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The Importance of Extracurricular Activities

Sanna Patel

As the return to normalcy begins, students have been jumping back into our usual routines, including after-school activities and service clubs. Personally, I had completely forgotten what it was like to stay back at school late, and I’m not going to lie, it takes a lot out of me nowadays. The reason I don’t complain about it, though, is because I know just how important these clubs are. Their importance lies not in their appearance on my college applications or image as a good citizen, but in simple yet unimaginably meaningful interactions.

On the topic of service clubs, I feel as though the word ‘service’ connotes a one-way gift or interaction from someone with privilege to the underprivileged; I don’t think this idea aligns with service’s true benefits. Service, to me, is about interacting with people of different backgrounds and learning as much as we can from each other. For example, when we often teach local kids English, they are learning a language as much as we are learning to communicate in a new way. We learn about non-verbal communication, tone, adaptability, and patience, clearly gaining a whole new skill set. Another important aspect of service-learning is gratitude; at AES, we are lucky to have such a wide variety of service opportunities, and each activity gives us the chance to appreciate the privileges we may take for granted. However awful online school may have been, at least we were able to continue learning so seamlessly, while many of the groups we work with were unable to access to regular classes. No matter what, our service interactions go beyond hours on an application and teach us lifelong lessons that even we sometimes fail to notice.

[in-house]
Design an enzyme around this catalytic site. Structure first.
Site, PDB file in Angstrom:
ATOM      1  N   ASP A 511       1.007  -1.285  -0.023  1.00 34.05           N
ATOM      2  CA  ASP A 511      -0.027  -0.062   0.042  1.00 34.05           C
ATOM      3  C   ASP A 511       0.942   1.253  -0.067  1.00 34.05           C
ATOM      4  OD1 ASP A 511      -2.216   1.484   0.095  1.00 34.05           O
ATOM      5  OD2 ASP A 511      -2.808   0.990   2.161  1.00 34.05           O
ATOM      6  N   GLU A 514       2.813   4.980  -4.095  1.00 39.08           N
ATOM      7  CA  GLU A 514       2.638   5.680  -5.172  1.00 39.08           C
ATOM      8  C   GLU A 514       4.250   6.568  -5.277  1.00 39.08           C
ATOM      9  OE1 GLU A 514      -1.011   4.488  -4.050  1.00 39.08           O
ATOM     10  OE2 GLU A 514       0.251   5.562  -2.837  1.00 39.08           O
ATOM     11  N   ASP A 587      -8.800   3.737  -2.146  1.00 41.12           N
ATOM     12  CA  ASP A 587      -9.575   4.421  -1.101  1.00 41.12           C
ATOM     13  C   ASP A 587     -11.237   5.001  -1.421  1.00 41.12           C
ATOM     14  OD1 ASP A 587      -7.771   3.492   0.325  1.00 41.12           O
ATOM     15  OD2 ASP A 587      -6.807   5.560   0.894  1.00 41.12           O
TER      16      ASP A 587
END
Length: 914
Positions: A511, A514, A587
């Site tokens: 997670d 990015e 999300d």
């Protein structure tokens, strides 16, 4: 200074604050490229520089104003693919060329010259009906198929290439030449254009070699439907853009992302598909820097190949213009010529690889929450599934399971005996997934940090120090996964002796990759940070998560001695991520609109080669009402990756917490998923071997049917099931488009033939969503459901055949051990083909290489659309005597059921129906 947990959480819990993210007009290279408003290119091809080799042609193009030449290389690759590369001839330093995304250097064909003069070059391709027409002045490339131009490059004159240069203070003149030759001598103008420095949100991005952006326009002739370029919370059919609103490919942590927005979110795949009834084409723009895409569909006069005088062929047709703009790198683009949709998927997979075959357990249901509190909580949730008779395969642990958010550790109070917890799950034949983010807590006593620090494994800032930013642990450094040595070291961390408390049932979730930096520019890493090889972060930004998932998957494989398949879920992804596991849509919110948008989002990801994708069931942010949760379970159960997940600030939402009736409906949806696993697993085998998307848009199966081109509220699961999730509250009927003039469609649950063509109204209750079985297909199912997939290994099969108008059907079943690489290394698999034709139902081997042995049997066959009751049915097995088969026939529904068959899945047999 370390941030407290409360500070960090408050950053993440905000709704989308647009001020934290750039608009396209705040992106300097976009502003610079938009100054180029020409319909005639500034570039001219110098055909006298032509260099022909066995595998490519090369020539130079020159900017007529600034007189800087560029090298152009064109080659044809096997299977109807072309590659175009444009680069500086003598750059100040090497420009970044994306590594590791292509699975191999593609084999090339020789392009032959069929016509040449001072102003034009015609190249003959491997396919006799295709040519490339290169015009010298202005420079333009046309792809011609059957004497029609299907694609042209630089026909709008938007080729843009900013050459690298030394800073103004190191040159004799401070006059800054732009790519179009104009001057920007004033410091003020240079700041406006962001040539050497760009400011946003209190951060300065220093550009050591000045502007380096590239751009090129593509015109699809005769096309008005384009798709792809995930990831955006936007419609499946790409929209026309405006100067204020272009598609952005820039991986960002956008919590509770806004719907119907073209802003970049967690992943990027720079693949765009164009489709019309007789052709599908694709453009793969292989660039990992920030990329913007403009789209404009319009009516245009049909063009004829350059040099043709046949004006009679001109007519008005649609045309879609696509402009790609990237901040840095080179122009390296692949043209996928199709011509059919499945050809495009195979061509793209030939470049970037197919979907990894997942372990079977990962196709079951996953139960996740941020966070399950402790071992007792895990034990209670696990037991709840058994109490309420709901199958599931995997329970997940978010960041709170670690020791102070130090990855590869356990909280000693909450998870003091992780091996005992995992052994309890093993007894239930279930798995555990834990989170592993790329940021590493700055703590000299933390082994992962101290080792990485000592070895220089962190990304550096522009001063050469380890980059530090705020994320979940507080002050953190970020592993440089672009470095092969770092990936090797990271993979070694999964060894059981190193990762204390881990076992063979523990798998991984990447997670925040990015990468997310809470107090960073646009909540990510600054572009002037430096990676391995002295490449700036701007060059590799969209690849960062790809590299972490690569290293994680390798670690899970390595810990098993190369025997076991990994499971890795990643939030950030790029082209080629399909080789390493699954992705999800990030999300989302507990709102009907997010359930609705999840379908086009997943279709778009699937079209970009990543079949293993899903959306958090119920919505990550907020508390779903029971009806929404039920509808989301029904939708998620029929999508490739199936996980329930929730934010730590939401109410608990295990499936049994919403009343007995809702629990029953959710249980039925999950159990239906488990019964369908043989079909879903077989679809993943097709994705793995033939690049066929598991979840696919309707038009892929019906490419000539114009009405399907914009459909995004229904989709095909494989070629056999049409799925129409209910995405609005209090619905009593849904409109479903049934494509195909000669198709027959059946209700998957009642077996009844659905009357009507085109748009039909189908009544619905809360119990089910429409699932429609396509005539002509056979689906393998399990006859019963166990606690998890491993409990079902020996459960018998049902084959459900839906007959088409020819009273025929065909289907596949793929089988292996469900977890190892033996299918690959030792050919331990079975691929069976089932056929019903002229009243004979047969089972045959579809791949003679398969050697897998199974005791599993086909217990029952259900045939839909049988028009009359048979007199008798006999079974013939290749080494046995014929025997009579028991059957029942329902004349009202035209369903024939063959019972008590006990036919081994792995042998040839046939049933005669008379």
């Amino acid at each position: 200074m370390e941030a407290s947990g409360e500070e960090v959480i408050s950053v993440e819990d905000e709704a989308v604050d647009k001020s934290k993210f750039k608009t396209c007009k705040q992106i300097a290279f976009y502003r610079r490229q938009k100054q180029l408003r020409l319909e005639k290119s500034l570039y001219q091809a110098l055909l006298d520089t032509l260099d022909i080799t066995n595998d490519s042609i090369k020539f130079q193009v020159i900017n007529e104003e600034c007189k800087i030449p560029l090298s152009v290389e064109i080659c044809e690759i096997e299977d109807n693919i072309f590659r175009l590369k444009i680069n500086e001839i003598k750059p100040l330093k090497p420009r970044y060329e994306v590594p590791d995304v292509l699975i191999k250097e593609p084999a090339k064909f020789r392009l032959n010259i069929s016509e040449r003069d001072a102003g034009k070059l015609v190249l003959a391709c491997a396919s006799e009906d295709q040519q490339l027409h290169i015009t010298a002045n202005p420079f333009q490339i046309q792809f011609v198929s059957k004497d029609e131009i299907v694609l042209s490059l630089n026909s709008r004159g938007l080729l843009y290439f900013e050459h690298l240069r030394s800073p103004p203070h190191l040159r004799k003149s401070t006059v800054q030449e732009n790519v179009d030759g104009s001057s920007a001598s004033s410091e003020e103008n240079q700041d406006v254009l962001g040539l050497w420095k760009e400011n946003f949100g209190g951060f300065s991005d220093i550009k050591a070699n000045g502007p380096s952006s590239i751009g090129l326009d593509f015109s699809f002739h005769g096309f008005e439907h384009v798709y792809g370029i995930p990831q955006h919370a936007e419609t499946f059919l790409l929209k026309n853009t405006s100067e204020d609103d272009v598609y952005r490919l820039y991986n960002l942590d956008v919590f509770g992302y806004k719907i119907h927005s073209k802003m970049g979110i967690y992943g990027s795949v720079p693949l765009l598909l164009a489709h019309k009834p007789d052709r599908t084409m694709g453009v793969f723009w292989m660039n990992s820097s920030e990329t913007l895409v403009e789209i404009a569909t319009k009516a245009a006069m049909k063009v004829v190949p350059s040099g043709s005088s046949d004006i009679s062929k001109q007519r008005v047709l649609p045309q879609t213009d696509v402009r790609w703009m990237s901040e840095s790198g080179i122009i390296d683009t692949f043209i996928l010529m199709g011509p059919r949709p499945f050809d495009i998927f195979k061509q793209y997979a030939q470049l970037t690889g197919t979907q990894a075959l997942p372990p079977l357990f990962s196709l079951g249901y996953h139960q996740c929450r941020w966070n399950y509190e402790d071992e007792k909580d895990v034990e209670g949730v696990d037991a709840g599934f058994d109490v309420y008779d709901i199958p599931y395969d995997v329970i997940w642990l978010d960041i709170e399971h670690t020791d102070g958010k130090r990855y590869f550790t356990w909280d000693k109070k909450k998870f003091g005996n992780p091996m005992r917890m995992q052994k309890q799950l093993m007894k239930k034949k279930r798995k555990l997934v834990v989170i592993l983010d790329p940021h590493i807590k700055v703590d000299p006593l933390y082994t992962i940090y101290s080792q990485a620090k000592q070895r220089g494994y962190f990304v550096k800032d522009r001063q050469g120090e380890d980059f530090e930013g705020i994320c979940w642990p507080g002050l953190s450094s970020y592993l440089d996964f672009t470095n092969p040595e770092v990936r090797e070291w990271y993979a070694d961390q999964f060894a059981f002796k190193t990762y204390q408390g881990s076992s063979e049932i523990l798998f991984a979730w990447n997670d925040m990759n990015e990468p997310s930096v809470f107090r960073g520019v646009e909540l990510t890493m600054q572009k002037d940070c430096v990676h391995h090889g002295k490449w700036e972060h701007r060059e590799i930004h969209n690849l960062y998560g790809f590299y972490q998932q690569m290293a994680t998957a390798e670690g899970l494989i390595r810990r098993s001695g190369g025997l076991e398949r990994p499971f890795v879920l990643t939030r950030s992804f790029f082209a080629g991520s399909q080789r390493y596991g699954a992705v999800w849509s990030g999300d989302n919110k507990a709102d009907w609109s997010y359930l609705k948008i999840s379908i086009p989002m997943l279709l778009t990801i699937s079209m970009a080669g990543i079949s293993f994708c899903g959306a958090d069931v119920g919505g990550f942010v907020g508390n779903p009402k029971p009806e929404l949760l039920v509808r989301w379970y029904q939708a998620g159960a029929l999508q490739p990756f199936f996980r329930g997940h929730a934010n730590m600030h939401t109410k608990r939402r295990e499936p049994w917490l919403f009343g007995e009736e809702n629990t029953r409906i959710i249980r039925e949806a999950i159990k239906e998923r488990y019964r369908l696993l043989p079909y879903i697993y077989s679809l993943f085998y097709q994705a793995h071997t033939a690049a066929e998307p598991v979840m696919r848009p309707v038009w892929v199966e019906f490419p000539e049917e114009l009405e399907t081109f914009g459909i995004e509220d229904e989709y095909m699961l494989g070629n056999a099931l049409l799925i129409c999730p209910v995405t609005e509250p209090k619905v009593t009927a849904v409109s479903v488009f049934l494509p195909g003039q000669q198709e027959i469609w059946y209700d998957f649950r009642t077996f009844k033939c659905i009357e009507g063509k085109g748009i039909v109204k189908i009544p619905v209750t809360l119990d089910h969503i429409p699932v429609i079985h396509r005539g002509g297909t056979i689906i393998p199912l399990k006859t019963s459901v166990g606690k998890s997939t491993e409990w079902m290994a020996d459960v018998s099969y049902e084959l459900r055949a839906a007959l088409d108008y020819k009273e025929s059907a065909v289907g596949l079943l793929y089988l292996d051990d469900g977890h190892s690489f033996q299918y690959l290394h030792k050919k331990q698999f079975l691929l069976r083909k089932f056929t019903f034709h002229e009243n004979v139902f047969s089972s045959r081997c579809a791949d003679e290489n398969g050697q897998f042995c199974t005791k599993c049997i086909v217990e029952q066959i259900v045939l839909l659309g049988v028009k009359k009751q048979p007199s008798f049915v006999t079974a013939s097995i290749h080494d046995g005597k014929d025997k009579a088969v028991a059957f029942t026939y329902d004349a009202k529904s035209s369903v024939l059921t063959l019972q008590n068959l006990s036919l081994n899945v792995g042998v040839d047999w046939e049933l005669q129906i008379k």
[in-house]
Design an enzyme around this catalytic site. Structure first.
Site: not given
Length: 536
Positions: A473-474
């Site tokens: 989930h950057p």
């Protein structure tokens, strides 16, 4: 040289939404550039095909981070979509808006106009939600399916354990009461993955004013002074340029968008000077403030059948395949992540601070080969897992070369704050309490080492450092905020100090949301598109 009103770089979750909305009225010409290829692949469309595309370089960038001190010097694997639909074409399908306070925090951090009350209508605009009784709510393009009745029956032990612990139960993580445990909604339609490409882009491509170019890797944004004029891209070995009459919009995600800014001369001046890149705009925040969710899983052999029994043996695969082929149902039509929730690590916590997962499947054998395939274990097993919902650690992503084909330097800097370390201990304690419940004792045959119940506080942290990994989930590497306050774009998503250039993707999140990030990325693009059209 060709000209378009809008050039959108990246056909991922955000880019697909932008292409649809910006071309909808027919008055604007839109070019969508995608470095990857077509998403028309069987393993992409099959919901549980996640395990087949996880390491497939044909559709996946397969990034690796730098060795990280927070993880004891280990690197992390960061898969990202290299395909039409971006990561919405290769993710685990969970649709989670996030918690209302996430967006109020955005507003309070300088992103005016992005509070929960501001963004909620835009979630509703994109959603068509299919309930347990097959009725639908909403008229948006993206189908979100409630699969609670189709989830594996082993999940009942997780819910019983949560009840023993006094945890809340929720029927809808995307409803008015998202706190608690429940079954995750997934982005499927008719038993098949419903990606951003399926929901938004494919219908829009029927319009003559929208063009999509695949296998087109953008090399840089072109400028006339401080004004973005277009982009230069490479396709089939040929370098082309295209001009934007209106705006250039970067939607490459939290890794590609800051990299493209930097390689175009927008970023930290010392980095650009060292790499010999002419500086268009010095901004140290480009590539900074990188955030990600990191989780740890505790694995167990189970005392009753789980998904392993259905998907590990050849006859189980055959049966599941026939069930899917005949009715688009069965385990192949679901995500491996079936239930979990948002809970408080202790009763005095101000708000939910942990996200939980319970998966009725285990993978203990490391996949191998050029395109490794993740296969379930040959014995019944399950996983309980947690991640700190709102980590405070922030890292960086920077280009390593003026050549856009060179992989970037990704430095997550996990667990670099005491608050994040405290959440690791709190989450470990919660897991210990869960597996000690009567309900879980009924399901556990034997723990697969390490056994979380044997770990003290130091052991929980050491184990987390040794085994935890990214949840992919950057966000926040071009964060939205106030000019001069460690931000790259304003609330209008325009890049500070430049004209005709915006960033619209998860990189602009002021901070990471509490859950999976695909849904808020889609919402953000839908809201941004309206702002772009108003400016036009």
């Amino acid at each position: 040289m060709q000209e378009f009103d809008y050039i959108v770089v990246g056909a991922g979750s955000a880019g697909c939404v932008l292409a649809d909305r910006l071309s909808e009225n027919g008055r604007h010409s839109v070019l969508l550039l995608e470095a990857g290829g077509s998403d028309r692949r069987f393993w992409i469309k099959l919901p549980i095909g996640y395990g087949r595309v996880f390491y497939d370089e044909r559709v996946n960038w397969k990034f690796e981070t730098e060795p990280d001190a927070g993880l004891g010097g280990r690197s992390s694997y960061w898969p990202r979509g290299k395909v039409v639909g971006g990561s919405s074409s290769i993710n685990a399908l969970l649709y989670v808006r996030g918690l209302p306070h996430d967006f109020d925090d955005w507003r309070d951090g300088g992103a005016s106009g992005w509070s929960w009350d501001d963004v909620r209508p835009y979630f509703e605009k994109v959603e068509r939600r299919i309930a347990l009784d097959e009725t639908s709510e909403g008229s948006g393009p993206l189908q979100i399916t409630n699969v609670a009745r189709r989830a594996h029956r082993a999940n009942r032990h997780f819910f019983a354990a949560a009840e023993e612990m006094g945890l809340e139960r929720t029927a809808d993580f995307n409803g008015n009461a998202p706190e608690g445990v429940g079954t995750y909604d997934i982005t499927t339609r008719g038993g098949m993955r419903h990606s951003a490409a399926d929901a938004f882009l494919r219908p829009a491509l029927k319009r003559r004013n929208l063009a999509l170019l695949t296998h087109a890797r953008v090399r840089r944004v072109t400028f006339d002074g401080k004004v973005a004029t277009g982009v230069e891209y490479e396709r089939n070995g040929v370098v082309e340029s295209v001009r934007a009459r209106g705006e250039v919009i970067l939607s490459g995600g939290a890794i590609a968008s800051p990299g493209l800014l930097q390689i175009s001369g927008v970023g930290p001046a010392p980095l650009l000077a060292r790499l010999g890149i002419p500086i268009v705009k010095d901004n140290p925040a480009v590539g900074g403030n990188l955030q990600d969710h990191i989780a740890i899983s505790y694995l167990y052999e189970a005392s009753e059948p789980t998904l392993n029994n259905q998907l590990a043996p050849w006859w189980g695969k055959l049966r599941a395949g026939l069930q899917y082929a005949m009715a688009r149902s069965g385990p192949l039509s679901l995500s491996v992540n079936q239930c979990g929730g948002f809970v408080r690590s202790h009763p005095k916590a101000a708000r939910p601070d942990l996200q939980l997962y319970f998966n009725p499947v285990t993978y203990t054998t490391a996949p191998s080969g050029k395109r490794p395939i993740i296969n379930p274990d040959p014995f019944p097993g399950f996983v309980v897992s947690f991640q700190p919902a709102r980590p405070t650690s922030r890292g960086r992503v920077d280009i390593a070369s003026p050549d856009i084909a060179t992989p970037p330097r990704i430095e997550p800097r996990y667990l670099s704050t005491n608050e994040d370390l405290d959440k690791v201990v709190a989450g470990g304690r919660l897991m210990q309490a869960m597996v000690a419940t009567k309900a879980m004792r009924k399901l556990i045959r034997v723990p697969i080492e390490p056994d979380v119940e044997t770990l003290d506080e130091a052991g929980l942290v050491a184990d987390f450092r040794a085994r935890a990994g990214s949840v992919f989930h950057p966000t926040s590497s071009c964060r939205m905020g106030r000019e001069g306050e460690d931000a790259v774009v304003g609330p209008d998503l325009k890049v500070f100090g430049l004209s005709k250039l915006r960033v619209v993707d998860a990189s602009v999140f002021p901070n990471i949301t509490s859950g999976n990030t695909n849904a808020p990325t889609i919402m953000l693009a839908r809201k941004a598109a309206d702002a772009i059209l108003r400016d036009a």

Not only do clubs – including sports, arts, and service – teach you about interacting with others, but they can also guide you towards life paths by discovering your strengths and interests. Sports can teach you about your dedication, drive, and teamwork skills, while arts hone your creative abilities and ideas on perspective. Each activity serves a greater purpose, but that doesn’t mean they cannot also be fun. Clubs should be an outlet for students as much as they are an opportunity to grow. Because it feels wrong not to, I’m going to take this moment to strongly recommend writing for the ROAR; this magazine is one of my favorite ways to hone my writing abilities while being creative and writing about virtually anything I’d like. You’re already a reader, so you might as well try out writing for us too! I promise it is a relaxed, enjoyable experience that you will not regret!

Alright, now back to the benefits of extracurriculars. As I have said before, there is always a new skill to learn from just about any club; this also means non-academic activities. As you try to gain leadership roles, you will find that these positions are excellent ways to sharpen your logistical thinking, which is important for any lifestyle. Additionally, you gain people skills through leadership and will find ways to be more accommodating while still pushing yourself and your club to new heights. This all takes work, but leadership starts small and only grows from there. I highly encourage everyone to simply apply for the next leadership position you can, you never know what you will learn and gain from it!

Now, for my last possible bit of free advertising, I want you to reflect on how just a couple of hours a week can change not only yours, but so many others’ lives. What is the harm, and more importantly, how do the benefits far outweigh them? The answer is they don’t. So please, go sign up and dedicate a small amount of time to extracurriculars, you will not regret it!